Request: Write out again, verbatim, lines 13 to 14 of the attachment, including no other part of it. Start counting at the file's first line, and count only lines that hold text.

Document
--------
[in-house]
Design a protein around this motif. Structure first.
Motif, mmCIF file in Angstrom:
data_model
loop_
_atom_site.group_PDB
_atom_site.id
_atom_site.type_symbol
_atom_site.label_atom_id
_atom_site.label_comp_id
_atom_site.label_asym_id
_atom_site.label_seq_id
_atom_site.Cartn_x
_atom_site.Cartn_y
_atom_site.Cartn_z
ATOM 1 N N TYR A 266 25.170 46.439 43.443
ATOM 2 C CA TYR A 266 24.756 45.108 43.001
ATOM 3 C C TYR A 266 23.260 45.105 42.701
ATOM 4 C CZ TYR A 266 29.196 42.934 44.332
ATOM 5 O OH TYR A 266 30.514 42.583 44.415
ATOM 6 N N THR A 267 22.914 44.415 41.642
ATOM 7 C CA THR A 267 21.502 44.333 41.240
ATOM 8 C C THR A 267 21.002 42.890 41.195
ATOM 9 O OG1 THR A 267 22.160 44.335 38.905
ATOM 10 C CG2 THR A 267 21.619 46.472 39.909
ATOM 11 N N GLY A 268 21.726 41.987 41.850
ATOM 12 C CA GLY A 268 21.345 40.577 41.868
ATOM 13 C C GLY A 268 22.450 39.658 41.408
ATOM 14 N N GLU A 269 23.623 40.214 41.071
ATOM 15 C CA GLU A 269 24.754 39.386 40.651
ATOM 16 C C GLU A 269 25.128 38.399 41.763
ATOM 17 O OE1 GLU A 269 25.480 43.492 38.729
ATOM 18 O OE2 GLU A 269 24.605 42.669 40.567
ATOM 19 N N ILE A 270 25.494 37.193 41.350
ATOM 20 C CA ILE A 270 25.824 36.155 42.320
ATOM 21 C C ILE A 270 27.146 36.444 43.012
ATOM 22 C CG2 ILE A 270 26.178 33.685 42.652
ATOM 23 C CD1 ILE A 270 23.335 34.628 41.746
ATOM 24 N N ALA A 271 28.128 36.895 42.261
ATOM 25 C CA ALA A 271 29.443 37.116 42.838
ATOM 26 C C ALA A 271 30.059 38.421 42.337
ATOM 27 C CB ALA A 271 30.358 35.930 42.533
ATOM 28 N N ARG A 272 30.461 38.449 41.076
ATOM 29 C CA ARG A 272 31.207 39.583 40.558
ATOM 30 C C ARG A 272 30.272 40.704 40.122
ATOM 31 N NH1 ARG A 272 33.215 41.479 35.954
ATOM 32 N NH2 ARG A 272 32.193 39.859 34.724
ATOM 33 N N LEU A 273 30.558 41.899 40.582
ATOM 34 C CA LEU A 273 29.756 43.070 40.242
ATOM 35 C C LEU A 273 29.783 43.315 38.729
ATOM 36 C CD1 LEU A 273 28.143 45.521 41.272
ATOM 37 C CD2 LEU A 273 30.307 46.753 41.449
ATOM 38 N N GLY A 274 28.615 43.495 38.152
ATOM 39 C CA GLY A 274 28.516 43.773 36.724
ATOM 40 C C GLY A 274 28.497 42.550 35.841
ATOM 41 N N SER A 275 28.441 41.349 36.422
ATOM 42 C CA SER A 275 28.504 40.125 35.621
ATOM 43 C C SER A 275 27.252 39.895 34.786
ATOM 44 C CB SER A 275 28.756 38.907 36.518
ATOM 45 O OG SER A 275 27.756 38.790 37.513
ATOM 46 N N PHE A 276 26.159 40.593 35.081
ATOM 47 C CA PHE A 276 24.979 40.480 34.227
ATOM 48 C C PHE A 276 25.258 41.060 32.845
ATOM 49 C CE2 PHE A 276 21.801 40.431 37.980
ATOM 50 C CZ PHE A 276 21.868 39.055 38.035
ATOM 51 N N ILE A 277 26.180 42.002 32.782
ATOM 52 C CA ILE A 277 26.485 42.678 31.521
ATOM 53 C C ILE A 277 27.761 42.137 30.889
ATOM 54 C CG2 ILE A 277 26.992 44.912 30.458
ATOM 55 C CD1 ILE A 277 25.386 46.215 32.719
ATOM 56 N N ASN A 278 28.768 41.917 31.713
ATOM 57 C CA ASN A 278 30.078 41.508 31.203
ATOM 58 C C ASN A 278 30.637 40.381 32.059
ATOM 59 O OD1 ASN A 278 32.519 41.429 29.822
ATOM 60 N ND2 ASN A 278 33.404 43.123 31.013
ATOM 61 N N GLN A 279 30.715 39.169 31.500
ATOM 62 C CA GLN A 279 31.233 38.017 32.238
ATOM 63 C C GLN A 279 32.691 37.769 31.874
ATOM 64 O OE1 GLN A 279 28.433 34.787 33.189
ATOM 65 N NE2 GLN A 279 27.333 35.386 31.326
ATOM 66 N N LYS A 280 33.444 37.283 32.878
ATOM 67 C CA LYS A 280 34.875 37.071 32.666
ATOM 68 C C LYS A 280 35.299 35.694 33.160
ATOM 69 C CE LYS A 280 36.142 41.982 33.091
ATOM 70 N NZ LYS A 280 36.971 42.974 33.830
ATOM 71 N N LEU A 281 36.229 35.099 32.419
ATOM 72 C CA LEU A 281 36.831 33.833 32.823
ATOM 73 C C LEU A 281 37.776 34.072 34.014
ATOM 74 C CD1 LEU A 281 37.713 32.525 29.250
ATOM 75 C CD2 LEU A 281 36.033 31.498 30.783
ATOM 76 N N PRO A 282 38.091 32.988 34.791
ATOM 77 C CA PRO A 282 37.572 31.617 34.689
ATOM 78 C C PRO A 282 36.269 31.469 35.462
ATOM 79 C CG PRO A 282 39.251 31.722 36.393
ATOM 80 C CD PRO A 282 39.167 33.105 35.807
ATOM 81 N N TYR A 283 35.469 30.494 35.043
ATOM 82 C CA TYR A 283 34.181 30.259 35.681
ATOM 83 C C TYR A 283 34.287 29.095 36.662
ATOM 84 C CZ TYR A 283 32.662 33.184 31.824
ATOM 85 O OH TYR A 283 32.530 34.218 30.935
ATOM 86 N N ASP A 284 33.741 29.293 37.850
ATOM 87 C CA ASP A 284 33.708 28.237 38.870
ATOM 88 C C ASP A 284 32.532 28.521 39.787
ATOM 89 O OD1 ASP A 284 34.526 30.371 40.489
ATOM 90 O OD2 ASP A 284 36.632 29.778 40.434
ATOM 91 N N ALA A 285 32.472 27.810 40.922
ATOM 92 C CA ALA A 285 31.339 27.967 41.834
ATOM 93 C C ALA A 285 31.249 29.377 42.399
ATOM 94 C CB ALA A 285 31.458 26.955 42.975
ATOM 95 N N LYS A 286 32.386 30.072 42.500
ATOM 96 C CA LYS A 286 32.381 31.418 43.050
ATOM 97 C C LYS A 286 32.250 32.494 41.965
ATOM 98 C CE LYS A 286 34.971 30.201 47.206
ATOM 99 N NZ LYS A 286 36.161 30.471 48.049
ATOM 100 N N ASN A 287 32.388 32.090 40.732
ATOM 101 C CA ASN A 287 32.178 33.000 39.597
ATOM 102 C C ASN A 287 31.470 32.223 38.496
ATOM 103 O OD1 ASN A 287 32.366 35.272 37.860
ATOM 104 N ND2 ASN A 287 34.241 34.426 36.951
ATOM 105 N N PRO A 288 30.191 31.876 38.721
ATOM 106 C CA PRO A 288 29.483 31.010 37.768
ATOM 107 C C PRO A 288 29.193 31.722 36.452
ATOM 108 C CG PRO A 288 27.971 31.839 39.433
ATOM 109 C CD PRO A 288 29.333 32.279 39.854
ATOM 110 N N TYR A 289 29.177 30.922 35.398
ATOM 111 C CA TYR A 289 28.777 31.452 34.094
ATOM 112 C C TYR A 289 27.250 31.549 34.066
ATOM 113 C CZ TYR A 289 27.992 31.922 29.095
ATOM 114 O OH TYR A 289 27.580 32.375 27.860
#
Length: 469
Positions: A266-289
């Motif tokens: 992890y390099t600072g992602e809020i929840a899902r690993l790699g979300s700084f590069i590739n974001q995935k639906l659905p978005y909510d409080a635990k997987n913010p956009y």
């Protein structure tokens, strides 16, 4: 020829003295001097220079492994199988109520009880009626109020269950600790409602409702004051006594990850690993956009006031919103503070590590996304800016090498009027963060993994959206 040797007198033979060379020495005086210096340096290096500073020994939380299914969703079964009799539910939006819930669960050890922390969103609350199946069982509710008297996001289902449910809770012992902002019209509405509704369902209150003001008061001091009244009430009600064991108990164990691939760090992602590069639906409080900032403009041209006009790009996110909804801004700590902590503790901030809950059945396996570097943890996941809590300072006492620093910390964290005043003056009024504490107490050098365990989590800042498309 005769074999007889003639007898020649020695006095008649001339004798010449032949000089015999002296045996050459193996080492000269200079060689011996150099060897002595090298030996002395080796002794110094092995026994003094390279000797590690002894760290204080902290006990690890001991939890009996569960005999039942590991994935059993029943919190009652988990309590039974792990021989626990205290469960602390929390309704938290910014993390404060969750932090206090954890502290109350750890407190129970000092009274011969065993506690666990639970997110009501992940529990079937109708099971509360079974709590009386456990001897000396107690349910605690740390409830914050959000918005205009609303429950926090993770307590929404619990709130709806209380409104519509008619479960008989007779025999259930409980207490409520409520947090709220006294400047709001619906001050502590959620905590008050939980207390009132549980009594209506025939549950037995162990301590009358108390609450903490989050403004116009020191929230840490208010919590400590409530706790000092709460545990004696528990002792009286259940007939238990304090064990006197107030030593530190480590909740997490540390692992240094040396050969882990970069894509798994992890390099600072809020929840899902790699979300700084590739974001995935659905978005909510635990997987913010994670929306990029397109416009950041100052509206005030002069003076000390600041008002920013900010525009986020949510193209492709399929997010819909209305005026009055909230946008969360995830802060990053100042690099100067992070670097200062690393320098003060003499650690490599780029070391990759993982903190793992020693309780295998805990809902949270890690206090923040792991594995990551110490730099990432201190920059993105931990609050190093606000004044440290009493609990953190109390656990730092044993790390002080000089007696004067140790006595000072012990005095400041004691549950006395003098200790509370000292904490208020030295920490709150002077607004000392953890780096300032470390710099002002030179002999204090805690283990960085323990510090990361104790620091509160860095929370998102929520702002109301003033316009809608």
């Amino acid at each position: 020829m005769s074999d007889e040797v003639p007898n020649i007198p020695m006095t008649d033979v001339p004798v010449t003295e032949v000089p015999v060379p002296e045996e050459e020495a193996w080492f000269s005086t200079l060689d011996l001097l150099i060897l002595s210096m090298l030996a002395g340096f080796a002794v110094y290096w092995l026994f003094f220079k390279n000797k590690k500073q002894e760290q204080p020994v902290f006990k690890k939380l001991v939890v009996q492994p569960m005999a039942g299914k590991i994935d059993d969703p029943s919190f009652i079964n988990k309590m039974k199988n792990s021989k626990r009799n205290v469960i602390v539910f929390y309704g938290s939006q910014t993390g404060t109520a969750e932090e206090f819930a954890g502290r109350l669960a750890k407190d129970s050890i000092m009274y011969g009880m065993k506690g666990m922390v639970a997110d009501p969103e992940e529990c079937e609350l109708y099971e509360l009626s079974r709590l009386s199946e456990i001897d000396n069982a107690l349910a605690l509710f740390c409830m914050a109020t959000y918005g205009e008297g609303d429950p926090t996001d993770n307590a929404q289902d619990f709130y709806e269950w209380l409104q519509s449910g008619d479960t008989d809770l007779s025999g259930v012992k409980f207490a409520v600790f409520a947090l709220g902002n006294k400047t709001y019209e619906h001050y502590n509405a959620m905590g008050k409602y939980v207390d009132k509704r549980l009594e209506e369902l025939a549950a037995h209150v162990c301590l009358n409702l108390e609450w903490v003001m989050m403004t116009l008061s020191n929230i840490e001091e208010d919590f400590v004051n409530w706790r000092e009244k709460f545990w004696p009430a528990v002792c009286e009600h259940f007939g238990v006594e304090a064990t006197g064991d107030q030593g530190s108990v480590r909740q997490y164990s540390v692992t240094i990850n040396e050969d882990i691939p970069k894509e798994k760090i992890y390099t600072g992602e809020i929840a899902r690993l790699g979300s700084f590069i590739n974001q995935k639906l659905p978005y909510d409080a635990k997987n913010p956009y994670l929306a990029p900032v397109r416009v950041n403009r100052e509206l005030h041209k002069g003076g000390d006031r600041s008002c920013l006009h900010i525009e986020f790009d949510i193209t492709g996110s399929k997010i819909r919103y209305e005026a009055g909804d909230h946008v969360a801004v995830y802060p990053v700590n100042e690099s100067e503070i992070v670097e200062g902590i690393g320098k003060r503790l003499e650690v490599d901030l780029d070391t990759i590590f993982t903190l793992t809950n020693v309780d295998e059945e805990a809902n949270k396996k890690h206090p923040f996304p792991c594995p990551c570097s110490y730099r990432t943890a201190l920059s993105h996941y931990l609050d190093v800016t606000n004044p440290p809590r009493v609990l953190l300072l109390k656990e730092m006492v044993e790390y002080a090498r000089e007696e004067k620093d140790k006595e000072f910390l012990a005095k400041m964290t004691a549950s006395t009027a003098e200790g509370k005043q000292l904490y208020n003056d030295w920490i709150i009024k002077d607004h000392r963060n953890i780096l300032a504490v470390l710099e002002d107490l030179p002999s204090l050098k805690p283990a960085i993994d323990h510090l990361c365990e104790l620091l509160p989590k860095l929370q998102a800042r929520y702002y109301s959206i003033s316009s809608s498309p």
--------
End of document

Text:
_atom_site.Cartn_x
_atom_site.Cartn_y